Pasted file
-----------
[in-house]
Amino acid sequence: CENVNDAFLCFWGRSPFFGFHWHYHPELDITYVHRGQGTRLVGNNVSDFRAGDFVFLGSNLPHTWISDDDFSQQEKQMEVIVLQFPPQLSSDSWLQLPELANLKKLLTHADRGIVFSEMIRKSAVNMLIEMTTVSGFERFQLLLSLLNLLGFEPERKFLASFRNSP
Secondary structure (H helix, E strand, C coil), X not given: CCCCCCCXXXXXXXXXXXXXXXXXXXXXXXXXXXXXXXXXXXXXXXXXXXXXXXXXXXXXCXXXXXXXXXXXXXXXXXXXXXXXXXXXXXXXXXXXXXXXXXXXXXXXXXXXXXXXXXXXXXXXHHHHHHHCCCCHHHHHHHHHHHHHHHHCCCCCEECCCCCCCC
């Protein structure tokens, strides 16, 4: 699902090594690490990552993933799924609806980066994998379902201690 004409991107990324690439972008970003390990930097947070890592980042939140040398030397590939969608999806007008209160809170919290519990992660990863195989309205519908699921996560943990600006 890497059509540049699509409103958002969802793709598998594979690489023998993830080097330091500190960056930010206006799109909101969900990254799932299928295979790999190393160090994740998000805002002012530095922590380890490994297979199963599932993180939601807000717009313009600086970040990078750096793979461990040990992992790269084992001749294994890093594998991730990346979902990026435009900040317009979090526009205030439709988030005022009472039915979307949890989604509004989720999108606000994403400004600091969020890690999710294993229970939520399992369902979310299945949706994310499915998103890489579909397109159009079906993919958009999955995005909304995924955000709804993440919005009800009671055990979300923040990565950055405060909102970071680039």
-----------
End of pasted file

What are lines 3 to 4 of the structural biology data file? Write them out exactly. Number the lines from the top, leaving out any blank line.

Secondary structure (H helix, E strand, C coil), X not given: CCCCCCCXXXXXXXXXXXXXXXXXXXXXXXXXXXXXXXXXXXXXXXXXXXXXXXXXXXXXCXXXXXXXXXXXXXXXXXXXXXXXXXXXXXXXXXXXXXXXXXXXXXXXXXXXXXXXXXXXXXXXHHHHHHHCCCCHHHHHHHHHHHHHHHHCCCCCEECCCCCCCC
């Protein structure tokens, strides 16, 4: 699902090594690490990552993933799924609806980066994998379902201690 004409991107990324690439972008970003390990930097947070890592980042939140040398030397590939969608999806007008209160809170919290519990992660990863195989309205519908699921996560943990600006 890497059509540049699509409103958002969802793709598998594979690489023998993830080097330091500190960056930010206006799109909101969900990254799932299928295979790999190393160090994740998000805002002012530095922590380890490994297979199963599932993180939601807000717009313009600086970040990078750096793979461990040990992992790269084992001749294994890093594998991730990346979902990026435009900040317009979090526009205030439709988030005022009472039915979307949890989604509004989720999108606000994403400004600091969020890690999710294993229970939520399992369902979310299945949706994310499915998103890489579909397109159009079906993919958009999955995005909304995924955000709804993440919005009800009671055990979300923040990565950055405060909102970071680039």